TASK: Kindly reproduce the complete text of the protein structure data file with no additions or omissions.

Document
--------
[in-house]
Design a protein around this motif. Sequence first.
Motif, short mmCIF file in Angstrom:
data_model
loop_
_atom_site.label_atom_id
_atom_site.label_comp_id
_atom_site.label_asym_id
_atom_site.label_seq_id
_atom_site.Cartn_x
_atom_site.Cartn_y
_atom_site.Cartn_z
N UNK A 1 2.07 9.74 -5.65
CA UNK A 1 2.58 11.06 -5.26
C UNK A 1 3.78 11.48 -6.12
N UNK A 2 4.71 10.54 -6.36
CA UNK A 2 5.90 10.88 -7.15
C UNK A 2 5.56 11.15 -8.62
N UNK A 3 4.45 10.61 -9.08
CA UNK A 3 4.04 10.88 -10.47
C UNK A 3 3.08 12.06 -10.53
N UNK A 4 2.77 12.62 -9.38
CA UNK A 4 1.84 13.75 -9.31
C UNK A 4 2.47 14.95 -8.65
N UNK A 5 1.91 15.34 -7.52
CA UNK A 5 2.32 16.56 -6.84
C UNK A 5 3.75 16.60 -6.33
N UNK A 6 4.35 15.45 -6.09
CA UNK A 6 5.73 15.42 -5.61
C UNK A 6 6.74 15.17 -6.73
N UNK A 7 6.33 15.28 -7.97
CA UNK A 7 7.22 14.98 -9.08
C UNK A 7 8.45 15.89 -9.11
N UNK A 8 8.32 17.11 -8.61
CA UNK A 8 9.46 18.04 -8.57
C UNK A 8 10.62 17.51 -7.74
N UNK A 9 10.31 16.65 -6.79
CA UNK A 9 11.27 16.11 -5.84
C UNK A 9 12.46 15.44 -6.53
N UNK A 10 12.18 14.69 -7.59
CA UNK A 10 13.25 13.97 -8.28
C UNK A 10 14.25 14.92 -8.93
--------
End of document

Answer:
[in-house]
Design a protein around this motif. Sequence first.
Motif, short mmCIF file in Angstrom:
data_model
loop_
_atom_site.label_atom_id
_atom_site.label_comp_id
_atom_site.label_asym_id
_atom_site.label_seq_id
_atom_site.Cartn_x
_atom_site.Cartn_y
_atom_site.Cartn_z
N UNK A 1 2.07 9.74 -5.65
CA UNK A 1 2.58 11.06 -5.26
C UNK A 1 3.78 11.48 -6.12
N UNK A 2 4.71 10.54 -6.36
CA UNK A 2 5.90 10.88 -7.15
C UNK A 2 5.56 11.15 -8.62
N UNK A 3 4.45 10.61 -9.08
CA UNK A 3 4.04 10.88 -10.47
C UNK A 3 3.08 12.06 -10.53
N UNK A 4 2.77 12.62 -9.38
CA UNK A 4 1.84 13.75 -9.31
C UNK A 4 2.47 14.95 -8.65
N UNK A 5 1.91 15.34 -7.52
CA UNK A 5 2.32 16.56 -6.84
C UNK A 5 3.75 16.60 -6.33
N UNK A 6 4.35 15.45 -6.09
CA UNK A 6 5.73 15.42 -5.61
C UNK A 6 6.74 15.17 -6.73
N UNK A 7 6.33 15.28 -7.97
CA UNK A 7 7.22 14.98 -9.08
C UNK A 7 8.45 15.89 -9.11
N UNK A 8 8.32 17.11 -8.61
CA UNK A 8 9.46 18.04 -8.57
C UNK A 8 10.62 17.51 -7.74
N UNK A 9 10.31 16.65 -6.79
CA UNK A 9 11.27 16.11 -5.84
C UNK A 9 12.46 15.44 -6.53
N UNK A 10 12.18 14.69 -7.59
CA UNK A 10 13.25 13.97 -8.28
C UNK A 10 14.25 14.92 -8.93